“Regulators have concerns,” Sandberg said. “We’re already meeting with them. We know we have a lot of work to do, but this was an announcement of what we would like to do with a roadmap for people to jump in and help us do it.”
Indeed, Facebook moved to preempt at least some of the criticism. The token will be overseen by an association of 28 companies at the outset — including Visa Inc. and Uber Technologies Inc. — that it hopes will number 100 by launch. It has also said Libra users will be subject to the same verification and anti-fraud checks they’d expect when signing up for a bank account or credit card. David Marcus, who heads the project for Facebook, said the company plans to keep financial data gathered from Libra users separate from Facebook user data.
The Bank of England’s Carney didn’t dismiss Libra, saying the full gamut of global regulators must first scrutinize the offering. Not only that, he said on Thursday he’s starting consultations on allowing new payment providers such as Libra to hold reserves at the central bank for the first time.
“The Bank of England approaches Libra with an open mind but not an open door,” said Carney. “Unlike social media for which standards and regulations are being debated well after it has been adopted by billions of users, the terms of engagement for innovations such as Libra must be adopted in advance of any launch.”
In Libra’s early days, Carney’s embrace has set him apart from many of his rule-making counterparts.
France’s Le Maire wants an investigation into the potential risks of money laundering and terrorism finance. ECB Vice President Luis de Guindos said Libra will face questions of privacy and money laundering. Australia’s central bank governor, Philip Lowe, said there’s a “lot of water under the bridge before Facebook’s proposal becomes something we’re using all the time.”
Meanwhile, Waters said Libra is “like starting a bank without having to go through any steps to do it,” and that it’s seeking to “compete with the dollar without having any regulatory regime that’s dealing with them.”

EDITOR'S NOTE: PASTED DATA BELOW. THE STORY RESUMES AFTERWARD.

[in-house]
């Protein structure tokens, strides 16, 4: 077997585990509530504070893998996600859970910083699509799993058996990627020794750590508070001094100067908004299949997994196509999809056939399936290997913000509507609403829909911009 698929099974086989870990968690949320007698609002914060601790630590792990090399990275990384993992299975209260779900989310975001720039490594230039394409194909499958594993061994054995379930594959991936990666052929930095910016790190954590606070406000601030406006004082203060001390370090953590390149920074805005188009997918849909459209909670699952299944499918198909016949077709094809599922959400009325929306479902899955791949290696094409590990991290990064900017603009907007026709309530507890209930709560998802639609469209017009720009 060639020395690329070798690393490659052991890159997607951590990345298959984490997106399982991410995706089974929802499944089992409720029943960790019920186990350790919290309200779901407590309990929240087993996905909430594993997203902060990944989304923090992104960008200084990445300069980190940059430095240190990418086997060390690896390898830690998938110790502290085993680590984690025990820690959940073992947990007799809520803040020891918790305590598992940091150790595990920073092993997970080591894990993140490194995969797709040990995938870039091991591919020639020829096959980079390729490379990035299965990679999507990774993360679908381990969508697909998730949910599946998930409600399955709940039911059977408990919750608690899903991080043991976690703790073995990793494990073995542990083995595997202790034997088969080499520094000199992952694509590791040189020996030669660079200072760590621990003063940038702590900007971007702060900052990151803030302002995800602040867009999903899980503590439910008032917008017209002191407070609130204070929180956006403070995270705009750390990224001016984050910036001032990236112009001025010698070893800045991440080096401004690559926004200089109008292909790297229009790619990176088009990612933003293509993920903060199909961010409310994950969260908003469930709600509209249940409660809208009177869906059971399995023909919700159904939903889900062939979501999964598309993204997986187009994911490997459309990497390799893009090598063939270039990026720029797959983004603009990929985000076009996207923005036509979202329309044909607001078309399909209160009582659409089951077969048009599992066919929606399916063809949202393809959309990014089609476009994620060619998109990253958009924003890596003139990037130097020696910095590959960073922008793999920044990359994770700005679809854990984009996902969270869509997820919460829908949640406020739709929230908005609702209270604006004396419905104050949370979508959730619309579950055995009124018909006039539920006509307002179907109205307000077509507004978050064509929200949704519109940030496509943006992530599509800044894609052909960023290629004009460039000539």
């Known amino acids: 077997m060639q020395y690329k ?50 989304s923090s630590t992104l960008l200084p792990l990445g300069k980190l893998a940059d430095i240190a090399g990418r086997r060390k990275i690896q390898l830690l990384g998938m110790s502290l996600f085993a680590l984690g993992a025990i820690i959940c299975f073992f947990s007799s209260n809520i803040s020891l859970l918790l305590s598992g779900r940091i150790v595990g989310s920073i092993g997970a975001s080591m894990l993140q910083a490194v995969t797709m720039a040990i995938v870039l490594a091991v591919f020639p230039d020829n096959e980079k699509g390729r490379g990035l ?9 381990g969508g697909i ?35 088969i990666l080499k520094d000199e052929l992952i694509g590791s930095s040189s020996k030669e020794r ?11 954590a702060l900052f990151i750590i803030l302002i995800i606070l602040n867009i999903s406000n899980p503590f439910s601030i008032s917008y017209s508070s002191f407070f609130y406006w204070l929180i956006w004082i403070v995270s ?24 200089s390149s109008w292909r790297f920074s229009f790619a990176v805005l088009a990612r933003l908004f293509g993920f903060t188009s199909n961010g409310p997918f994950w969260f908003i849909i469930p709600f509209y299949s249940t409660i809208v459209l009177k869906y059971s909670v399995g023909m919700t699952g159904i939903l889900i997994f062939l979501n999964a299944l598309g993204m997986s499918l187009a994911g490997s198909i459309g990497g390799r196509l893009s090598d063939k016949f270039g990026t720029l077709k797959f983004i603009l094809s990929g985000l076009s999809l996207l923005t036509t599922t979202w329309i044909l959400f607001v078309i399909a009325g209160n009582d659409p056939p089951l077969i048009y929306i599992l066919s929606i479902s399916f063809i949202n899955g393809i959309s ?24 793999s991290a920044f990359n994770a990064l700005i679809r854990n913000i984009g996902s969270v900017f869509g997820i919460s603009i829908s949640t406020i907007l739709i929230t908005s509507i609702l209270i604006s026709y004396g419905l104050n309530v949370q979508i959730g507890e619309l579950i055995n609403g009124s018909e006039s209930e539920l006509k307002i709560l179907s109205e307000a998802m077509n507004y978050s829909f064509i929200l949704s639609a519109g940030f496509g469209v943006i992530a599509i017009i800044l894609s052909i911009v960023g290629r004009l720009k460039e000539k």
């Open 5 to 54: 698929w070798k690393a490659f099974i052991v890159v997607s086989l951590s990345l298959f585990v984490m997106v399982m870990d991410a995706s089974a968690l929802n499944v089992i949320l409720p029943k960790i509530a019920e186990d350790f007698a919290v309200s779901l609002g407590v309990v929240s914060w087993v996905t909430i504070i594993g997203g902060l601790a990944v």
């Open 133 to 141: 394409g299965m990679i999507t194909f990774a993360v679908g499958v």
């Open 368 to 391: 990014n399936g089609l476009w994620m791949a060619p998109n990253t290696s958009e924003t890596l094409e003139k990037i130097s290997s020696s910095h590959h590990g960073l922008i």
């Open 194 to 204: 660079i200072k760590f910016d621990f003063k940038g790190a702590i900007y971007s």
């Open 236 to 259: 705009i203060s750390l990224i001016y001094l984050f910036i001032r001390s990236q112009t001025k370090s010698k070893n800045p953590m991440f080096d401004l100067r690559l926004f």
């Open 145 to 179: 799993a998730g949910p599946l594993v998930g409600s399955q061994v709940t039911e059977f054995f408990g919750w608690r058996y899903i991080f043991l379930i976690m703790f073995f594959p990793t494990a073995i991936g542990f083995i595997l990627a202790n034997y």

While Libra is designed to be less volatile than cryptocurrencies like Bitcoin and is backed by a basket of securities and traditional currencies, some question how a technology company will interact with the monetary system. “I’m not entirely convinced that a tech company, at the end of the day, can be held accountable,” said Vishnu Varathan, head of economics and strategy at Mizuho Bank in Singapore.
There are still many questions about how it will operate and its success is far from guaranteed. Yet the endeavor is being taken seriously by the financial-services industry because of Facebook’s scale and its already vast impact on the world.
While Facebook is now trying to sign up banks to the association governing the token, its new system is a challenge to banks that often act as middlemen in virtually all transactions, according to Charles McGarraugh, a former Goldman Sachs Group Inc. partner who has moved into the digital world as head of markets at cryptocurrency-wallet provider Blockchain.com.
“We are witnessing a re-orientation of financial services,” said McGarraugh. “Having custody of your own assets rather than depositing them in a bank is a totally different paradigm and a superior system to the too-big-to-fail construct that dominates the market now.”